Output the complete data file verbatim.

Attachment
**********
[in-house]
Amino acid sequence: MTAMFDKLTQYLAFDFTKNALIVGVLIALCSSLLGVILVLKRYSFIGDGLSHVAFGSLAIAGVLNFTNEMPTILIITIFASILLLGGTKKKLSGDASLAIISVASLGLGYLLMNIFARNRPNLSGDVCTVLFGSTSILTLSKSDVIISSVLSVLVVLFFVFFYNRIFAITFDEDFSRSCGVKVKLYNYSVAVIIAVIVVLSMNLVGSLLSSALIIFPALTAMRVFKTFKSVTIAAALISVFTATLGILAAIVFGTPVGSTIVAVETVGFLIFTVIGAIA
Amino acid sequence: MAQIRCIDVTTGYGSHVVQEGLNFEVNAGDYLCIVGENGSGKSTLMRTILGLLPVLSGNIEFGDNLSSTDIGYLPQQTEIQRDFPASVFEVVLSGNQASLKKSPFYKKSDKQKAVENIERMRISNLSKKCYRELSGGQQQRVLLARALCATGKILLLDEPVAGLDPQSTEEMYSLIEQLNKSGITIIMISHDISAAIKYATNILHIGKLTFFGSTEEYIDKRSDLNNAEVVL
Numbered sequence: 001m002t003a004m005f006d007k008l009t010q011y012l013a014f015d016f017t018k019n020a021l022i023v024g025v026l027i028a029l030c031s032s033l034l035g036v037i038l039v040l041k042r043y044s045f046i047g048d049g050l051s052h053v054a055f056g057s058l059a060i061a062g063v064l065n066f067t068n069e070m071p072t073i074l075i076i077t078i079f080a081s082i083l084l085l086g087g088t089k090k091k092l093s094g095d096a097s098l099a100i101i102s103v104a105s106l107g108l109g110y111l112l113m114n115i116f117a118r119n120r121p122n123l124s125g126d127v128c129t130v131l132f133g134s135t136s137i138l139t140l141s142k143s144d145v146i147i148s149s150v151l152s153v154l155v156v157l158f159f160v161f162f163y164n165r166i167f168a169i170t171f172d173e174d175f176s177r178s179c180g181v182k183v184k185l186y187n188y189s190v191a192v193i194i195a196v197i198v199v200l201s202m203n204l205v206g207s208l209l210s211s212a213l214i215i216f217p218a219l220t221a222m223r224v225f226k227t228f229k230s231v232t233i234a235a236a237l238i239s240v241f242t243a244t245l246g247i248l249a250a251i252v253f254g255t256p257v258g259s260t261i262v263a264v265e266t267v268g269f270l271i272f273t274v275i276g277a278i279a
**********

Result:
[in-house]
Amino acid sequence: MTAMFDKLTQYLAFDFTKNALIVGVLIALCSSLLGVILVLKRYSFIGDGLSHVAFGSLAIAGVLNFTNEMPTILIITIFASILLLGGTKKKLSGDASLAIISVASLGLGYLLMNIFARNRPNLSGDVCTVLFGSTSILTLSKSDVIISSVLSVLVVLFFVFFYNRIFAITFDEDFSRSCGVKVKLYNYSVAVIIAVIVVLSMNLVGSLLSSALIIFPALTAMRVFKTFKSVTIAAALISVFTATLGILAAIVFGTPVGSTIVAVETVGFLIFTVIGAIA
Amino acid sequence: MAQIRCIDVTTGYGSHVVQEGLNFEVNAGDYLCIVGENGSGKSTLMRTILGLLPVLSGNIEFGDNLSSTDIGYLPQQTEIQRDFPASVFEVVLSGNQASLKKSPFYKKSDKQKAVENIERMRISNLSKKCYRELSGGQQQRVLLARALCATGKILLLDEPVAGLDPQSTEEMYSLIEQLNKSGITIIMISHDISAAIKYATNILHIGKLTFFGSTEEYIDKRSDLNNAEVVL
Numbered sequence: 001m002t003a004m005f006d007k008l009t010q011y012l013a014f015d016f017t018k019n020a021l022i023v024g025v026l027i028a029l030c031s032s033l034l035g036v037i038l039v040l041k042r043y044s045f046i047g048d049g050l051s052h053v054a055f056g057s058l059a060i061a062g063v064l065n066f067t068n069e070m071p072t073i074l075i076i077t078i079f080a081s082i083l084l085l086g087g088t089k090k091k092l093s094g095d096a097s098l099a100i101i102s103v104a105s106l107g108l109g110y111l112l113m114n115i116f117a118r119n120r121p122n123l124s125g126d127v128c129t130v131l132f133g134s135t136s137i138l139t140l141s142k143s144d145v146i147i148s149s150v151l152s153v154l155v156v157l158f159f160v161f162f163y164n165r166i167f168a169i170t171f172d173e174d175f176s177r178s179c180g181v182k183v184k185l186y187n188y189s190v191a192v193i194i195a196v197i198v199v200l201s202m203n204l205v206g207s208l209l210s211s212a213l214i215i216f217p218a219l220t221a222m223r224v225f226k227t228f229k230s231v232t233i234a235a236a237l238i239s240v241f242t243a244t245l246g247i248l249a250a251i252v253f254g255t256p257v258g259s260t261i262v263a264v265e266t267v268g269f270l271i272f273t274v275i276g277a278i279a